|.||TAC:CD3ε CD25+ Unstimulated .||TAC:CD3ε CD25low Stimulated .||TAC:CD3ε CD25int Stimulated .||TCRβ CD25+ Unstimulated .||TCRβ CD25+ Stimulated .|
|.||TAC:CD3ε CD25+ Unstimulated .||TAC:CD3ε CD25low Stimulated .||TAC:CD3ε CD25int Stimulated .||TCRβ CD25+ Unstimulated .||TCRβ CD25+ Stimulated .|
The numerical values shown for each specific cDNA were obtained from semiquantitative RT-PCR analyses carried out on both unstimulated and stimulated Scid.adh cells as described in Figs. 2 and 4. All signals were quantitated and normalized to β-actin for each sample using a Fuji PhosphoImager and Fuji MacBAS V2.2 software. These values are expressed as fold changes relative to expression of the particular mRNA in unstimulated Scid.adh-TAC:CD3ε control. The values shown are derived from one of three separate experiments, all of which yielded similar results.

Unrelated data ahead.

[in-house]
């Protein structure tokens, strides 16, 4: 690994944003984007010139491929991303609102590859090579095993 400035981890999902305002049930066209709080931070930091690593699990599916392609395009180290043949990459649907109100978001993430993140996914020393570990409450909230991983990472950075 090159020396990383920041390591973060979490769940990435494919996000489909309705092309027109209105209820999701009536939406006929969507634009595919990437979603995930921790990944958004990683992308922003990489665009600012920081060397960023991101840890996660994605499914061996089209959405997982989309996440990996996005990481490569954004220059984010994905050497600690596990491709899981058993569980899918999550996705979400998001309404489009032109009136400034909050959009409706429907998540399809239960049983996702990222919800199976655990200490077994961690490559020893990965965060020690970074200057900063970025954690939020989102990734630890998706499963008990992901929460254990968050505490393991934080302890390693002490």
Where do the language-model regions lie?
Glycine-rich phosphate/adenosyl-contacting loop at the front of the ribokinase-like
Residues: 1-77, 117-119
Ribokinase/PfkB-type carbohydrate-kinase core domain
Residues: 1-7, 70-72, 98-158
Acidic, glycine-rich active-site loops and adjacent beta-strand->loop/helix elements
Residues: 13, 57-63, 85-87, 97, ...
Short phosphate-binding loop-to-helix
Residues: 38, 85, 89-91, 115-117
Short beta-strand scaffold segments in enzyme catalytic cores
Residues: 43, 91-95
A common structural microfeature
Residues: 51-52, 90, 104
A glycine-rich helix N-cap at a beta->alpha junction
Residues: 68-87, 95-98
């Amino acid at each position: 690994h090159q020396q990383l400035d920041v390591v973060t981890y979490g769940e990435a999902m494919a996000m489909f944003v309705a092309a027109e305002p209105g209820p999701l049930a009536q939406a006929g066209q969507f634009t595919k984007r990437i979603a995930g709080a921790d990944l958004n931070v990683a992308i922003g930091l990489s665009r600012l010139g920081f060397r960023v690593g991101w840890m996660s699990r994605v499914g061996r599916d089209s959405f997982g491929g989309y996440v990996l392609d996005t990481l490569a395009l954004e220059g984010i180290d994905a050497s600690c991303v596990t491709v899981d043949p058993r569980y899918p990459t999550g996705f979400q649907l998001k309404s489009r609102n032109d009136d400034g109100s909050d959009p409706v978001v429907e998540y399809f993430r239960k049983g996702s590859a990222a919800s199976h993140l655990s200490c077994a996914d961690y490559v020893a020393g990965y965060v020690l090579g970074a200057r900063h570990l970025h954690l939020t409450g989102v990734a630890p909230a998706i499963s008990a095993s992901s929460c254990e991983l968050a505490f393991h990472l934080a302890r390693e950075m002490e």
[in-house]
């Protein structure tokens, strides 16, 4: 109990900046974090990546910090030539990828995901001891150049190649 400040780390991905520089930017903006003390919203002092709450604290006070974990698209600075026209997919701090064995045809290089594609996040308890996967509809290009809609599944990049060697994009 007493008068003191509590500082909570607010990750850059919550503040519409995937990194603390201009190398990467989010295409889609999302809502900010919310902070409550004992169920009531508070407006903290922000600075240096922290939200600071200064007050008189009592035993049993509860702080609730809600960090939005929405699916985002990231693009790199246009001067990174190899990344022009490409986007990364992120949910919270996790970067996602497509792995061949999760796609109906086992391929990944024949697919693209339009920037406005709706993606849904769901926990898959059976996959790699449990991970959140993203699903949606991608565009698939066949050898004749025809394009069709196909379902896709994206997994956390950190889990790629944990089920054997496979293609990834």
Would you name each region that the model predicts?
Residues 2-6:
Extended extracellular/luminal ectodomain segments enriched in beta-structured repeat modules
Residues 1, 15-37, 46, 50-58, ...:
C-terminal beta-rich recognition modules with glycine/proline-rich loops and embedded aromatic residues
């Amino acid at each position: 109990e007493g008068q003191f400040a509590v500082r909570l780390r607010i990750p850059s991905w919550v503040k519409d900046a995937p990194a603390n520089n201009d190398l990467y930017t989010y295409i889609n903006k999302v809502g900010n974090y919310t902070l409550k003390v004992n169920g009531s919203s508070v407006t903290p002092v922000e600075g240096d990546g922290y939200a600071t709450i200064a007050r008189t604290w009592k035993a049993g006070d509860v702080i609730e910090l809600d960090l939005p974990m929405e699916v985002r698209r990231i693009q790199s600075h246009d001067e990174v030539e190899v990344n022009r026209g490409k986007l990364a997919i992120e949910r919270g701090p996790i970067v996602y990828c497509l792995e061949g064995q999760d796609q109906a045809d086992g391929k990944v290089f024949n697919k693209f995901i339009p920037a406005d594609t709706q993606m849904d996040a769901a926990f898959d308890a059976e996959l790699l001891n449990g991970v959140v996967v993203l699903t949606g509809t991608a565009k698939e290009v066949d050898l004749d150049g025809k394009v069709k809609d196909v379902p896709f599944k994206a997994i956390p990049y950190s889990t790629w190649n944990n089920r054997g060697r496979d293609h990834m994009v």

Ab engagement of surface pre-TCR complexes promotes only partial in vitro maturation of Scid.adh